As for the distributed filtering over distributed sensor network. the general setup is to observe the underlying process through a group of sensors organized according to a given network topology, which renders the individual observer estimates the system state based not only on its own measurement but also on its neighbors’.
Data integration and sensor webEdit
The data gathered from wireless sensor networks is usually saved in the form of numerical data in a central base station. Additionally, the Open Geospatial Consortium (OGC) is specifying standards for interoperability interfaces and metadata encodings that enable real time integration of heterogeneous sensor webs into the Internet, allowing any individual to monitor or control wireless sensor networks through a web browser.
To reduce communication costs some algorithms remove or reduce nodes' redundant sensor information and avoid forwarding data that is of no use. This technique has been used, for instance, for distributed anomaly detection or distributed optimization. As nodes can inspect the data they forward, they can measure averages or directionality for example of readings from other nodes. For example, in sensing and monitoring applications, it is generally the case that neighboring sensor nodes monitoring an environmental feature typically register similar values. This kind of data redundancy due to the spatial correlation between sensor observations inspires techniques for in-network data aggregation and mining. Aggregation reduces the amount of network traffic which helps to reduce energy consumption on sensor nodes. Recently, it has been found that network gateways also play an important role in improving energy efficiency of sensor nodes by scheduling more resources for the nodes with more critical energy efficiency need and advanced energy efficient scheduling algorithms need to be implemented at network gateways for the improvement of the overall network energy efficiency.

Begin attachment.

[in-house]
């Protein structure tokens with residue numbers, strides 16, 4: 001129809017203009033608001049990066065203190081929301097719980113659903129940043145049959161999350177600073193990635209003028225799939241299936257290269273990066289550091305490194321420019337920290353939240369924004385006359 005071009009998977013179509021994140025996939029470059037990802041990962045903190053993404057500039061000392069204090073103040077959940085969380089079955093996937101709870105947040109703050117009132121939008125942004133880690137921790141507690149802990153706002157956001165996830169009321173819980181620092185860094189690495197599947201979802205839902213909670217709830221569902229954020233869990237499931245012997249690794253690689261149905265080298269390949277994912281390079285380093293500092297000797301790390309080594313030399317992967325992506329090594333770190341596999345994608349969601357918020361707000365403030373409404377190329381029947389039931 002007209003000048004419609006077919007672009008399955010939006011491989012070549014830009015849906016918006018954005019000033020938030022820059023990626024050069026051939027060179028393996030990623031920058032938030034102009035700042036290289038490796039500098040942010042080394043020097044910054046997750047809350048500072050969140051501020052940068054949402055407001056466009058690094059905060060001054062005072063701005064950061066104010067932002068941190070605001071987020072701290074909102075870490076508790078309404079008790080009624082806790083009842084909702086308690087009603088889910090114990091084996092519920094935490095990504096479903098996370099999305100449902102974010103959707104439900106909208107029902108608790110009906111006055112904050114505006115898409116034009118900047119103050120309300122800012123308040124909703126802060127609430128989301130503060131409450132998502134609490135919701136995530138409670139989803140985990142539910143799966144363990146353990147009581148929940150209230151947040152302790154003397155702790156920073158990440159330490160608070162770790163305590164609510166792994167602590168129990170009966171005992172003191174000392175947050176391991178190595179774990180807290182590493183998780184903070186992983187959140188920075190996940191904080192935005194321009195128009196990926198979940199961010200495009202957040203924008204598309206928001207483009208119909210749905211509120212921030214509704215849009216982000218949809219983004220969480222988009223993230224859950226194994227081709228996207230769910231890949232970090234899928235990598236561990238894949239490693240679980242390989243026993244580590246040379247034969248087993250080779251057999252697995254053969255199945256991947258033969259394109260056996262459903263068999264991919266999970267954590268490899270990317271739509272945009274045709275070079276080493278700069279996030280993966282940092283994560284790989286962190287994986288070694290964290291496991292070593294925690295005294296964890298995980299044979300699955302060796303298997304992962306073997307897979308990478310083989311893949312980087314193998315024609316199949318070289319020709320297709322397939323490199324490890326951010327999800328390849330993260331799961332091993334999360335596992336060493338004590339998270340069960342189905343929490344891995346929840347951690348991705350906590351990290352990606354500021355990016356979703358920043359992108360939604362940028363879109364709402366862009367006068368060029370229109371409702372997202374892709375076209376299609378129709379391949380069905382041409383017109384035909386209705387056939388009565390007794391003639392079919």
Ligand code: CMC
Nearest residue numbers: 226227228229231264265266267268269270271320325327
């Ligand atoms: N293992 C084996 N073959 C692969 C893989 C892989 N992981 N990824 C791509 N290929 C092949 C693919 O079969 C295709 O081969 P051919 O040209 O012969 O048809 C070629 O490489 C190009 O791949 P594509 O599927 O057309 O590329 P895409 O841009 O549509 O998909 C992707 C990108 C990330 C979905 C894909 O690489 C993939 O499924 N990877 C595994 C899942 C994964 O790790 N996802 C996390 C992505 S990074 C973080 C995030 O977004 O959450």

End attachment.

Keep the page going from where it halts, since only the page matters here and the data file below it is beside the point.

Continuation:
Secure data aggregationEdit
This is a form of in-network processing where sensor nodes are assumed to be unsecured with limited available energy, while the base station is assumed to be secure with unlimited available energy. Aggregation complicates the already existing security challenges for wireless sensor networks and requires new security techniques tailored specifically for this scenario. Providing security to aggregate data in wireless sensor networks is known as secure data aggregation in WSN. were the first few works discussing techniques for secure data aggregation in wireless sensor networks.
Two main security challenges in secure data aggregation are confidentiality and integrity of data. While encryption is traditionally used to provide end to end confidentiality in wireless sensor network, the aggregators in a secure data aggregation scenario need to decrypt the encrypted data to perform aggregation. This exposes the plaintext at the aggregators, making the data vulnerable to attacks from an adversary. Similarly an aggregator can inject false data into the aggregate and make the base station accept false data. Thus, while data aggregation improves energy efficiency of a network, it complicates the existing security challenges.
- Autonomous system
- Bluetooth mesh networking
- Center for Embedded Network Sensing
- List of ad hoc routing protocols
- Meteorological instrumentation
- Mobile wireless sensor networks
- Optical wireless communications
- Robotic mapping
- Smart, connected products
- Unattended ground sensor
- Virtual sensor network
- Wireless ad hoc networks